OUT OF THE WAY & IN THE WAY: Reflections on Yoga & the Creative Process

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It’s a precarious way of life, this writing from some place where will steps aside and something else altogether takes over. I don’t mean to imply that divine agency is afoot or that little daimons in my brain relay signals from my imagination to my hands, mere five-limbed workers that peck out the right combinations of keyboard keys while “I” just sit back and contemplate my grocery list. I won’t blame “inspiration” or my hands for any dribble I write. Still, on the page, who’s in charge?
I don’t know, and in that not-knowing I derive endless pleasure from the writing process’s mystery. The mind writes its own song, and I hum the tunes and shape the melodies. A stranger in a waiting room speaks on her cell phone about her latest dating exploits, and three months later that voice becomes a character for a short story. A moment by a woodstove fire rattles something in the mind until the loose bits coalesce that night into a poem.

But how do I or any writer shape those melodies or reveries or stories or poems? Like most writers I know and respect, I have had to find ways to get out of my own way. When I come to the page, I must let these hands orchestrate imagination’s symphony without merely taking “dictation.”

And for me, those out-of-the-way ways have been through the regular spiritual practice of yoga.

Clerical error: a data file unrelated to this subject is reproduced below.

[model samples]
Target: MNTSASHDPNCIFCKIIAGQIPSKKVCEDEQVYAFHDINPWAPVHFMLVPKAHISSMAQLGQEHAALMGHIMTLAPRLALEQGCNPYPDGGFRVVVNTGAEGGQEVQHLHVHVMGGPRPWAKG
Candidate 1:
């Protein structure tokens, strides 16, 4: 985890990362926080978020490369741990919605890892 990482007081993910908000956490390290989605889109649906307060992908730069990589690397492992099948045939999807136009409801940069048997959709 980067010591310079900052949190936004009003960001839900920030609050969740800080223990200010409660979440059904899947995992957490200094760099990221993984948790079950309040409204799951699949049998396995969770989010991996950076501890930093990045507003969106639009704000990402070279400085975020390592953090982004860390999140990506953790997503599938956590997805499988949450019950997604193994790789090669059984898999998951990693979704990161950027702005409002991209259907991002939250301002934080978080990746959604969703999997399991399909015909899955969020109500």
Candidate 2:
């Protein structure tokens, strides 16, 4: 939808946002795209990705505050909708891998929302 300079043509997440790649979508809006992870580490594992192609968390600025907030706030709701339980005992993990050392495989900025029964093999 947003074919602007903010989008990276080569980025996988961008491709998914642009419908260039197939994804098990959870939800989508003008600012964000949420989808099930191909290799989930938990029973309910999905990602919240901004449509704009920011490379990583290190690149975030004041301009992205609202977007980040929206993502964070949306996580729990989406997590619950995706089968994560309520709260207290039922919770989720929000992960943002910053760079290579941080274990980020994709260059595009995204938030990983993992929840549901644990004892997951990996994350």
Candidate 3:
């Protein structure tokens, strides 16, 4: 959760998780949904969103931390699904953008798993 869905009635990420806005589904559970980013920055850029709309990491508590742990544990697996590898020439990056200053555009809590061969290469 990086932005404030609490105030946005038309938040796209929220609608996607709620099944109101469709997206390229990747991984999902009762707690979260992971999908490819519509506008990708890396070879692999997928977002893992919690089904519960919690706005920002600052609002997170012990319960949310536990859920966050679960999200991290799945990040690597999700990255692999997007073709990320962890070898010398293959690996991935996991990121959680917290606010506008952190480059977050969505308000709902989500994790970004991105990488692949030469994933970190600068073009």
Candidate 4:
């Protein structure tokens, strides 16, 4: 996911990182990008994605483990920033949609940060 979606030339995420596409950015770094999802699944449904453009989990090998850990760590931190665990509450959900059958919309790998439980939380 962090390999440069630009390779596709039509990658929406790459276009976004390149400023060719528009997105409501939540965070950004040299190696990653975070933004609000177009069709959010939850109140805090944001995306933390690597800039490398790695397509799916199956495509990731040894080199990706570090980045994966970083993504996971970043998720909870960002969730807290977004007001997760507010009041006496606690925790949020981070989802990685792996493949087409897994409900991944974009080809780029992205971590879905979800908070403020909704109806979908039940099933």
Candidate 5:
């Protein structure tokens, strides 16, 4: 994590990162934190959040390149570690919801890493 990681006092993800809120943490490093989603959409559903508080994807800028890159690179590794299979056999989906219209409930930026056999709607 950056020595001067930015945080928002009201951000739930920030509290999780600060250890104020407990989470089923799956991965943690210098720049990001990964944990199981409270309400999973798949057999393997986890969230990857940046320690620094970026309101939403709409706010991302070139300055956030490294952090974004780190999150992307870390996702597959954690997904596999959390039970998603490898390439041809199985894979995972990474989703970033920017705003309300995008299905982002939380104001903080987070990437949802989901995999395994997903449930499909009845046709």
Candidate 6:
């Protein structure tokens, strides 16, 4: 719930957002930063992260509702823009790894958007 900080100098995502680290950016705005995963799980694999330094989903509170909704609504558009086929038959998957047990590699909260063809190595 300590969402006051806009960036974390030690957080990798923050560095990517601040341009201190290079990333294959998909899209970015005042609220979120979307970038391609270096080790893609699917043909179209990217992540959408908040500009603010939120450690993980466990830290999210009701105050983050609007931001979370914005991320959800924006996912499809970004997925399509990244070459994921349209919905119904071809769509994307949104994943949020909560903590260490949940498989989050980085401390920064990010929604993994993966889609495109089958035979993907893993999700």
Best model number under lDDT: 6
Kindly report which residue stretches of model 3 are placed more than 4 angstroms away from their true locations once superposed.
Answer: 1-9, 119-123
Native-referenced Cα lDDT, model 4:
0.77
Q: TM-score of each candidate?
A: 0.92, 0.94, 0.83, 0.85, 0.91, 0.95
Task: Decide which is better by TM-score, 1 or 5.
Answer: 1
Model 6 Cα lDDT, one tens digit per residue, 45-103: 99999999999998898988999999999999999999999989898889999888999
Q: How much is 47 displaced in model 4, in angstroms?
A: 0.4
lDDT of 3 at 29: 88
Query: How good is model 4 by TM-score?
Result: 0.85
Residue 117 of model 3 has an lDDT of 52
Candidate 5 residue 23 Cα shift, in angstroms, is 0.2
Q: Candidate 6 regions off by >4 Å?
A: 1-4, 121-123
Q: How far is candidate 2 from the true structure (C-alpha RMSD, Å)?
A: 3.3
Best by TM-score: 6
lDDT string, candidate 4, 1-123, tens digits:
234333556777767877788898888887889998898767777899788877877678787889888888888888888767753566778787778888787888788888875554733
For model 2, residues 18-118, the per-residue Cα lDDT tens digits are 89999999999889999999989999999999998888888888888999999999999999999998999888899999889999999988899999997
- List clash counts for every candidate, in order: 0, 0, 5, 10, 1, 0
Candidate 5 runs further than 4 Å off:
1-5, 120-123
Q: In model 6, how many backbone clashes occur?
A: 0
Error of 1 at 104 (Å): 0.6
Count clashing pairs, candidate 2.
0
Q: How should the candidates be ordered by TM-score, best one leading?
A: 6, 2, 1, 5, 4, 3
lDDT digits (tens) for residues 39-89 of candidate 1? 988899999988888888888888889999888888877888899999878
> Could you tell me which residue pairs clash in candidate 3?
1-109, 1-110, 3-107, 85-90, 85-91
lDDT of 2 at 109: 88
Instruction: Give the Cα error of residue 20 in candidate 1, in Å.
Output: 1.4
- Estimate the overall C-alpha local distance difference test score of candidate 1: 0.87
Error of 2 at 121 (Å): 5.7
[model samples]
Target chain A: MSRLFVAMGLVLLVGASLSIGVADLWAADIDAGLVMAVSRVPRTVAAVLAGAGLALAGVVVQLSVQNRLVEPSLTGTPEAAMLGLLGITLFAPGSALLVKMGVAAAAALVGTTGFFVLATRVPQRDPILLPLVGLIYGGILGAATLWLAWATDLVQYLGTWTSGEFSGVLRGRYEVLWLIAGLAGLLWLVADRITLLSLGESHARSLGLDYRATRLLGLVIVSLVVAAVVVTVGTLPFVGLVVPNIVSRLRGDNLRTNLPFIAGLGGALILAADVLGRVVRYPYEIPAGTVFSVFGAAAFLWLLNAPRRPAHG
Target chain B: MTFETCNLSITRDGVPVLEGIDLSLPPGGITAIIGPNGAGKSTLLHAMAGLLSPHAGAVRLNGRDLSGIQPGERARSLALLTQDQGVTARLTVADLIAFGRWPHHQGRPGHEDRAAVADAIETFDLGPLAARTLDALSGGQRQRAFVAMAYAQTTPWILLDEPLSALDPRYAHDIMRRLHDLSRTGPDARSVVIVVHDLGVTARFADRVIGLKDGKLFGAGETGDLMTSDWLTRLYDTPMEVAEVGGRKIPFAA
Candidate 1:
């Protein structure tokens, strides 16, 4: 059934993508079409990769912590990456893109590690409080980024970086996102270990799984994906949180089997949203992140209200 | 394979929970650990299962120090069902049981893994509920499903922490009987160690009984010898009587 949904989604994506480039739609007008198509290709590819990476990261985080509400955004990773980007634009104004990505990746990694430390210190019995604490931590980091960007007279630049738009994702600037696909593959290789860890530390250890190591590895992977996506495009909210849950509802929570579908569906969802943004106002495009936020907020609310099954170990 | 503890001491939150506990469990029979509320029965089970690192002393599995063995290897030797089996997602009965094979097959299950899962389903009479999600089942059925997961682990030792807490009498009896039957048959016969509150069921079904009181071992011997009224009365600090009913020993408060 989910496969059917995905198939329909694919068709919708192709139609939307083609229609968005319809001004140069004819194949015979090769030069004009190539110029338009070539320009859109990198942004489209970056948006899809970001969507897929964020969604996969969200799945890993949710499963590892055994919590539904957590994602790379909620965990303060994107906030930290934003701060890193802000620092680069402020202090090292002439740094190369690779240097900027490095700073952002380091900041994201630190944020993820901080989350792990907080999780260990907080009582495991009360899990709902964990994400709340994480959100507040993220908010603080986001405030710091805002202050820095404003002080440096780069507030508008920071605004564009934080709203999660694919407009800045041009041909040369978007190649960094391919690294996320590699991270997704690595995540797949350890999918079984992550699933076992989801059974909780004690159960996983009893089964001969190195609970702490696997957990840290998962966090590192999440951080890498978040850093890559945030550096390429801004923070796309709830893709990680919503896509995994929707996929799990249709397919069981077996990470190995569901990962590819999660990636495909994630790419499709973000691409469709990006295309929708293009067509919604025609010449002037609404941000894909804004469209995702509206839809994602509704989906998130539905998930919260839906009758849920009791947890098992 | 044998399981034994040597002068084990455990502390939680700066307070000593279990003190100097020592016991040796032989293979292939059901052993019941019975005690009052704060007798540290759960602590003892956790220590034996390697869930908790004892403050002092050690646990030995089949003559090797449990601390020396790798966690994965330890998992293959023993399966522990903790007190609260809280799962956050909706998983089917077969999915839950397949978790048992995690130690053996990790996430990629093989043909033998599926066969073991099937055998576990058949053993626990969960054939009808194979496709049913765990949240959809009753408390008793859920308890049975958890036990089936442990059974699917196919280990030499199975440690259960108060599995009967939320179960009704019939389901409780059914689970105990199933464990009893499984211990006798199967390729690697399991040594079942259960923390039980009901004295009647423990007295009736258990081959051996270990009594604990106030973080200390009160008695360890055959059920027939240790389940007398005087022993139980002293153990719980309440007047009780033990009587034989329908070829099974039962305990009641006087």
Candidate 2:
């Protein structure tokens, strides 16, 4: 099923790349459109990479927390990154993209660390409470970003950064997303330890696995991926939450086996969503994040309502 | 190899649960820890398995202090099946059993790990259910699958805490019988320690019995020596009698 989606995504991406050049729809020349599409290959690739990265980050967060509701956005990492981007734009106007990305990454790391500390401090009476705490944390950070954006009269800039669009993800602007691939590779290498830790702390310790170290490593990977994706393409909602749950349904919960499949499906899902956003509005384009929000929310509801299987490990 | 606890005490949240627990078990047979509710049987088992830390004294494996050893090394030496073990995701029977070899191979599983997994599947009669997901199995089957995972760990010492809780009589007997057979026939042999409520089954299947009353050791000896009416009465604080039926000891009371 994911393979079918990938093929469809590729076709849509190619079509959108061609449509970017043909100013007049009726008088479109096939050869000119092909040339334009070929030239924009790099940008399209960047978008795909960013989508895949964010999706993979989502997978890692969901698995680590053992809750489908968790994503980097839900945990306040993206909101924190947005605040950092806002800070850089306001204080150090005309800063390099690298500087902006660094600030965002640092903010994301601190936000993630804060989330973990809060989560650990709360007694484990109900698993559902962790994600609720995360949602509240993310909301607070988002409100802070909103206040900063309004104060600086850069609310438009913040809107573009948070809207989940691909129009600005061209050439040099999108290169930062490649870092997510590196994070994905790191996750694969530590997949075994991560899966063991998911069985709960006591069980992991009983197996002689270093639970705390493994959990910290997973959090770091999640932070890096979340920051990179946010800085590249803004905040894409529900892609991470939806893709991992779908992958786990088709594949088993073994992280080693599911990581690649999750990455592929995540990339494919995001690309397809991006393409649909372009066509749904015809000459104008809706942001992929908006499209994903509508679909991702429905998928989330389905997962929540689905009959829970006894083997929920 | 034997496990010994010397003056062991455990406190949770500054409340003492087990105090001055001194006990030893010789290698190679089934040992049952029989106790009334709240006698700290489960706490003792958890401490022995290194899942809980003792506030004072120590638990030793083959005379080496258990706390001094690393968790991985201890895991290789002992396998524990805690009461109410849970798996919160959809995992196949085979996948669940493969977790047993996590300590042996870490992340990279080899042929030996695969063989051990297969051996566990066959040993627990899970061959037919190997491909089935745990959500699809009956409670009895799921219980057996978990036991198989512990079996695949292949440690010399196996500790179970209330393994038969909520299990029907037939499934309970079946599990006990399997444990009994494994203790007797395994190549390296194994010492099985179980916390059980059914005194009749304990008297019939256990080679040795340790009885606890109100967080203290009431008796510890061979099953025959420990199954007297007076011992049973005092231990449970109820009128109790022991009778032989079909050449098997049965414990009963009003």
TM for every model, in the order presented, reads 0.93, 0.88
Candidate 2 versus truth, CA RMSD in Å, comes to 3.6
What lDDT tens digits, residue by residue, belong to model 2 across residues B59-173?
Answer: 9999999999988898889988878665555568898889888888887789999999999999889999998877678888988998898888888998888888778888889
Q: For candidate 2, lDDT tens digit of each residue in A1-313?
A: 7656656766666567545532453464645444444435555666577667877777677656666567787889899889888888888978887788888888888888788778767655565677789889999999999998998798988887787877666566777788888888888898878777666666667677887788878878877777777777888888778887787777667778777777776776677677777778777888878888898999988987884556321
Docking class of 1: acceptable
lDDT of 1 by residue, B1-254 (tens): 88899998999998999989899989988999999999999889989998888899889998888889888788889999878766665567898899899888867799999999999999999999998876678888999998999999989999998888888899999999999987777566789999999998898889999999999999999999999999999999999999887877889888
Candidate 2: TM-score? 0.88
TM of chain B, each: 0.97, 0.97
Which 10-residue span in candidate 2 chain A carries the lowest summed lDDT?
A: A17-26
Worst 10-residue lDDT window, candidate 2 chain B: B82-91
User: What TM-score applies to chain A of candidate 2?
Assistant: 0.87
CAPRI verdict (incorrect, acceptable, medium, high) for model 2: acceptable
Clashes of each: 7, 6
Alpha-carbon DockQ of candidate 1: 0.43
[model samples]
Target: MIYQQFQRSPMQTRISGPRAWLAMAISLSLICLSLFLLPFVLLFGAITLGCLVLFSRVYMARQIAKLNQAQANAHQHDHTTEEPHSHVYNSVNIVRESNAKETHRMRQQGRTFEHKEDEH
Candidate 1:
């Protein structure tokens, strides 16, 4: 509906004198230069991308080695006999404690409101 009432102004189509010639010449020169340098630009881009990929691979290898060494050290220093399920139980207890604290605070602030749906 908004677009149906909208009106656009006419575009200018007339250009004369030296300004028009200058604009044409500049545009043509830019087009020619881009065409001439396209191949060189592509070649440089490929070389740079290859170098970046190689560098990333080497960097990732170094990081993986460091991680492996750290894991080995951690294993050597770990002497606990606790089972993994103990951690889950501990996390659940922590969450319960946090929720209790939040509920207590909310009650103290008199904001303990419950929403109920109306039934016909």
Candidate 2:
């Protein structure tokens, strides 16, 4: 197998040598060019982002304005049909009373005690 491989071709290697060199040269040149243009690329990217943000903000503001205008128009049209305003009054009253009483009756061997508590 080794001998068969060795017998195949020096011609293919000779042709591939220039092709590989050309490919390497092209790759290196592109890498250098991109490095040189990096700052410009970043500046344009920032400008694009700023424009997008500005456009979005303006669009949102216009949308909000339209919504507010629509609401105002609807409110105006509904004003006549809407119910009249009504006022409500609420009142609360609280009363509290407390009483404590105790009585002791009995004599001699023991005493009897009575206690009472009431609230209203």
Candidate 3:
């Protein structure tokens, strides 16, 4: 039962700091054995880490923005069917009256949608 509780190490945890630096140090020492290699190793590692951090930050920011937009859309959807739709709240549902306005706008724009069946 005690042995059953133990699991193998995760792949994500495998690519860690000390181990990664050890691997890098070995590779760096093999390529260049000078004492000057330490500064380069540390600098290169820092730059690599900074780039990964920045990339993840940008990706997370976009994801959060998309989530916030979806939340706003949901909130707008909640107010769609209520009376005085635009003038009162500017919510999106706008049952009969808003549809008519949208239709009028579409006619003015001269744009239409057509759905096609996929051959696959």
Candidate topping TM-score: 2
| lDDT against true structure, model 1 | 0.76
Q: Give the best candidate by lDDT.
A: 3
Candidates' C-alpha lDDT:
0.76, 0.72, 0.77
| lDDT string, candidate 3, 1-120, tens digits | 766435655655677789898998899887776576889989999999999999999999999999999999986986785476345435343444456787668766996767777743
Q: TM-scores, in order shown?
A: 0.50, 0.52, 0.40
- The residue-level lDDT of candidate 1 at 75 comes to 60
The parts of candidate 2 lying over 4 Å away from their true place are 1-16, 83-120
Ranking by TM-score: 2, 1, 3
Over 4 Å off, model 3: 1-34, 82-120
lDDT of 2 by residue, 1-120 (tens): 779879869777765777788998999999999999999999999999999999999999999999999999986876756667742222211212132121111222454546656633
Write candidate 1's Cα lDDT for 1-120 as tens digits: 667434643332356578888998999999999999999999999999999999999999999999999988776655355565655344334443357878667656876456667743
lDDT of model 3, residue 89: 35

Yoga, as I practice it, is not an exercise – although it profoundly has improved my breathing, temperament, and immunity. It also is not a religion – although it enriches my spiritual life. For over ten years, yoga has afforded this overly analytical, overly serious, overly sedentary writer opportunities to renew his writing process.

And so this blog: On this blog, I’ll share some of my current experiences in engaging yoga as muse. I’m not the only one onto this path. I work with and stay in touch with thousands of writers throughout North America and around the world who likewise have discovered in yoga a timeless way to embody the creative impulse and spirit. In upcoming months, I’ll share with you how Yoga As Muse helped me write a short story, yoga session after yoga session; how yoga helps me and others write into the truth; and much, much more.

We’re not so different. Whether I am teaching in Greece, Nova Scotia, Taos, or the tiny farming hamlet in upstate New York where I live, I am struck by what we writers and artists hold in common. We yearn to write from that deep source regularly and not erratically – say, when some unreliable “muse,” like a bad boyfriend or girlfriend, just shows up out of the blue on your front door and asks to be let in. We yearn to feel vital as we write and that the words we wield have a verve and breath of their own. And we yearn to get out of the way of our own writing. When we get out of the way, we get into the way of flow.

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